But it’s not just these people; it’s happening here on campus too, where we should know better. More and more I hear people gripe about how tuition is going up, that UWEC is putting a squeeze play on their wallet for no reason. You can gripe about tuition going up, that’s fine, I’ll do it too. But it definitely is for a reason.
From what I understand, and in basic terms because that is how I understand it, the tuition hike is part of the Blugold Commitment, the part that will hire more professors. These professors will be placed in mostly gen classes, classes that fill up far too quickly and thus stifle many a student’s chances of graduating on time. This could save a student a semester or year, thousands of dollars worth of time, and help kick up the university’s grad rate. For those of us who planned well enough to get out in four years this gradual, and I stress the word gradual, hike in tuition does kinda suck, but you’re still paying less than Stout.
If I’m incorrect or I missed something let me know, send me a letter, because I want to know the facts. I am actively seeking them out, something everyone here is paying thousands of dollars and now more (see, I griped!!) to learn how to do. Hopefully it sticks.
Is making videos about dog fighting a crime? And if so one that justifies more than three years of jail time?
A Virginia man is sentenced to 37 months in prison for making documentary-style videos about the history of pit bulls, which includes engaging in dog fights and hunting wild boars. Prosecutors say the videos violate a 1999 law against trafficking in depictions of animal cruelty. While the videos contained old footage of dog fights, the accused, Robert J. Stevens, did not actually set up any new dog fights. The Supreme Court will hear his appeal on October 6.
While the John Roberts Court is said to be taking the court in a conservative direction, it’s likely the court will take this opportunity to establish clear legal precedent in support of the First Amendment. None of the narrow free speech exceptions can reasonably be applied to this case. The videos don’t pose a clear and present danger, and aren’t the equivalent of crying fire in a crowded theatre. And as for that hard to pin down obscenity exception, the videos are no worse than a lot of what can be found on YouTube, or in gory movies.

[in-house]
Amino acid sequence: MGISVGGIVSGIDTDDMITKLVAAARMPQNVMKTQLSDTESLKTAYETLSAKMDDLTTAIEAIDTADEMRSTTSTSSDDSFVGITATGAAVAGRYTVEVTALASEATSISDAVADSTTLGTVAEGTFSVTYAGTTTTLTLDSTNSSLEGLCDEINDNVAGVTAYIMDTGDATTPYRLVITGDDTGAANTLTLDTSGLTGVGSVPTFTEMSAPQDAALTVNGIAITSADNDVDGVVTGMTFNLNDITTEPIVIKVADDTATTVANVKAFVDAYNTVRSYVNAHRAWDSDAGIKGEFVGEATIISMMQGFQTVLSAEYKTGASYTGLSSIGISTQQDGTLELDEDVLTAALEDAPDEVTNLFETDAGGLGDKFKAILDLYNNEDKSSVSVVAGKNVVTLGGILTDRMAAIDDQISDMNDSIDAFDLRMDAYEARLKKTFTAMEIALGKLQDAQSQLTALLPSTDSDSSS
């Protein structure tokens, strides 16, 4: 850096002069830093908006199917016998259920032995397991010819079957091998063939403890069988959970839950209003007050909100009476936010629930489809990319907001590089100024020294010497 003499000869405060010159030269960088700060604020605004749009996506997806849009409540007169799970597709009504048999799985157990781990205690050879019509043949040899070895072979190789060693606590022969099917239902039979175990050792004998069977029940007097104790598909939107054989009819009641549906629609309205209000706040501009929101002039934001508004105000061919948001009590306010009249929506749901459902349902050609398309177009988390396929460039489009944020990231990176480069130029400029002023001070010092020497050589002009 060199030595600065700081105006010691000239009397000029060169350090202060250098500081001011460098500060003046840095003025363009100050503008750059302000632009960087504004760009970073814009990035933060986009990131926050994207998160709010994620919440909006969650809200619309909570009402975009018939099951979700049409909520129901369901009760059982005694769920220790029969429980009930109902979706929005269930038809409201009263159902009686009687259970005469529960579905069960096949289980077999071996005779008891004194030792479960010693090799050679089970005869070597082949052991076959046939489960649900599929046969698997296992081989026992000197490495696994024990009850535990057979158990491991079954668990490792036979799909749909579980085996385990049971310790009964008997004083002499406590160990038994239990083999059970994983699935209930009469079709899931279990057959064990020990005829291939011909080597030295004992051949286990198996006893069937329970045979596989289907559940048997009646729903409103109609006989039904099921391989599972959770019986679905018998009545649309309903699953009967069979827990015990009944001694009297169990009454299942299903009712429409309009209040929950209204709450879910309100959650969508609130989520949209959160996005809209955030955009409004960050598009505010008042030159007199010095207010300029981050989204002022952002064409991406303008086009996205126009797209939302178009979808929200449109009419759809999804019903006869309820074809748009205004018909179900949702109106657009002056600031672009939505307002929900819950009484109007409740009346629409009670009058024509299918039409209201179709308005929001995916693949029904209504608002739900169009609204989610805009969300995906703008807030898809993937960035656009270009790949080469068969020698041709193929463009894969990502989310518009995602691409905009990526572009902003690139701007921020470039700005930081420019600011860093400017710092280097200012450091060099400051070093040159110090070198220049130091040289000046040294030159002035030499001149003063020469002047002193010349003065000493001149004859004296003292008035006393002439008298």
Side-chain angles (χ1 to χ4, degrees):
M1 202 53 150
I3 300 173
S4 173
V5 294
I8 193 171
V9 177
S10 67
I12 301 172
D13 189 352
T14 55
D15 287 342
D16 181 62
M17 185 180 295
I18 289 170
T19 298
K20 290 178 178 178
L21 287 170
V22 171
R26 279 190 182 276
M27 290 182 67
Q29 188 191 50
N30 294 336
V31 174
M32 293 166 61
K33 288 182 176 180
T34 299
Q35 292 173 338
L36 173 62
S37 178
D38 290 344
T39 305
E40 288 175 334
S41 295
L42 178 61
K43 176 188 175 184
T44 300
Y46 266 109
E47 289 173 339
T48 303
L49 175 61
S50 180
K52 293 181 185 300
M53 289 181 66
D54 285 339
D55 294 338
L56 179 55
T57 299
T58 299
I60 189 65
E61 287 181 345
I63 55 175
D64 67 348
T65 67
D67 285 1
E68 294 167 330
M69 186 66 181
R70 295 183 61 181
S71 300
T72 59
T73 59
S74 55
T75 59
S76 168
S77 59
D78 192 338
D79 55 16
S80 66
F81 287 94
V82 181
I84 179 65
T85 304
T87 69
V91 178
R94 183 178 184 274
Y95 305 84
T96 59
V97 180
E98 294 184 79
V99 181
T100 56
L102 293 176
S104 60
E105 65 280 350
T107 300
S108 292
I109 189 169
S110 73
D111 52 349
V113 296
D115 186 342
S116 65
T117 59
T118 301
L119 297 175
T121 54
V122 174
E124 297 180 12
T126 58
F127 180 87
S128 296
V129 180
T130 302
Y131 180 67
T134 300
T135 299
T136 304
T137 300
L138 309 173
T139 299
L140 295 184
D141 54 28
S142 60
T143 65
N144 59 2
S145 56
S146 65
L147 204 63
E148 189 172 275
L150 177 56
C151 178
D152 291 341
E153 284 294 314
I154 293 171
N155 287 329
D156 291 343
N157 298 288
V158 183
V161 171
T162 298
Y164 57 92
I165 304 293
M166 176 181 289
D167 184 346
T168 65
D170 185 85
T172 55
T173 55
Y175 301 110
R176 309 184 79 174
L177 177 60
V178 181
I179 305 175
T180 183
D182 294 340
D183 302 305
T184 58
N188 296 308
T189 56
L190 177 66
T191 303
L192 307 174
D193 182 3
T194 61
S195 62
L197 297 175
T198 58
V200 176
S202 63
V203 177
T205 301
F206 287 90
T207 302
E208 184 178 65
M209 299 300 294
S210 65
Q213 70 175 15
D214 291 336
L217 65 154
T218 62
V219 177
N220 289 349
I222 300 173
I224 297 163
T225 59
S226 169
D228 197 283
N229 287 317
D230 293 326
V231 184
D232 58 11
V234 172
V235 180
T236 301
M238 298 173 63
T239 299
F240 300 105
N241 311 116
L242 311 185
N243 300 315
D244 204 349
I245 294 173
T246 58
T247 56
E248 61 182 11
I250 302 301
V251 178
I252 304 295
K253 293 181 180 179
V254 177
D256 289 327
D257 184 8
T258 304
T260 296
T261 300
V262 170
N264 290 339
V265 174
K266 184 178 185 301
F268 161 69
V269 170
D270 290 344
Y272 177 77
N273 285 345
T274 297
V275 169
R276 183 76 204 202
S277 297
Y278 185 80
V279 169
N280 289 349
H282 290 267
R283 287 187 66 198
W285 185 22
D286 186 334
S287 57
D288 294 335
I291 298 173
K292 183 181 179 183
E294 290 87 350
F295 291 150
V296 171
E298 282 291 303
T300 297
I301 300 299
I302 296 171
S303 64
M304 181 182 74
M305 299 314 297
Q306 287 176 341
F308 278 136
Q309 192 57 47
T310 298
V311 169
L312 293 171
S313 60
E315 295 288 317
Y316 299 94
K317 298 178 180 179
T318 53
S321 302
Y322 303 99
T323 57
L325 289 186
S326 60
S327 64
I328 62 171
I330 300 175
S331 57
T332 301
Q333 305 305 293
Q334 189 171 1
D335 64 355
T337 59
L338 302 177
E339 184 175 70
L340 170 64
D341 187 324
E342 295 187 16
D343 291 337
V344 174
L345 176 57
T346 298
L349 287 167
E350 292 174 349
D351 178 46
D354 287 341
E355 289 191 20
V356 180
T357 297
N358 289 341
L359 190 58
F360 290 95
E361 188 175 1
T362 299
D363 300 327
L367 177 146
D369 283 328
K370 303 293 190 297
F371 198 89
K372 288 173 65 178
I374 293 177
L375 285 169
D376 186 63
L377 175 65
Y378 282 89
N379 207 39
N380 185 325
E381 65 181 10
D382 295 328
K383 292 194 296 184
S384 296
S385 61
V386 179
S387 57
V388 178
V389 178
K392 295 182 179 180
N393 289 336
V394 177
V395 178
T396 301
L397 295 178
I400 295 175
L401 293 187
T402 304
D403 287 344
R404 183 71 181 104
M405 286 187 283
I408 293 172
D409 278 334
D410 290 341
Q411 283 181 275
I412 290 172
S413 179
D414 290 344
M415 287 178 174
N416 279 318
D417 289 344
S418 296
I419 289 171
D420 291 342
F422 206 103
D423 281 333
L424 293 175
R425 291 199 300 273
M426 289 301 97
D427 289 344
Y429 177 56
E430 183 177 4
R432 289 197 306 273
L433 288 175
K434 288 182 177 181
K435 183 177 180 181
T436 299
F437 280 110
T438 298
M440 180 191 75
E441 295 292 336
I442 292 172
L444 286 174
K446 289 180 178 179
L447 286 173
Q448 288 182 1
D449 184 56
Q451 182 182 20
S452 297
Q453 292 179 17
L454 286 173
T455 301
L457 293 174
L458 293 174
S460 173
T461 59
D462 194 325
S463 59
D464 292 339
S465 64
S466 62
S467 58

Nevertheless, animal rights advocates are arguing that the depictions of dog fighting in the video are so appalling that they’re simply not protected under the First Amendment. The idea that a depiction of an atrocity is deserving of punishment under the law is one that is becoming more common in recent years, especially in so called progressive academia. Animal rights activists are now joining feminists who would like to punish sexist and racist speech to the same degree that we punish racist and sexist acts
However, this trend is an insult to those who are actually victims. We can all agree that animal abuse is awful. The best way to end it is to prosecute the perpetrators, rather than legal battles with people who aren’t engaging in animal cruelty.
The most disconcerting thing about this case is that as reprehensible as censorship is, jail time for speech is something else altogether. I‘ve met a lot of people who would rather not see the views they most disagree with in the media, and would even be fine with seeing those views forcibly silenced. So while I don’t agree with that at all, I’d say the censorship urge is common. But to go beyond censoring the material we find objectionable, and actually put people behind bars, that’s extremism. Stevens’s house was actually raided by federal agents. What a way to spend federal money.
In the trials leading up the Supreme Court hearing, a vet was actually brought in to testify as to the condition of the animals in the film. Some of the dog fighting footage originated in Japan, where dog fighting is legal. This attempts to paint Stevens as somehow responsible—for dog fights that took place in Japan! If the court were to rule against him ,we could conceivably regulate all depictions of suffering. Literature about war could be censored on the grounds that it somehow exacerbates it.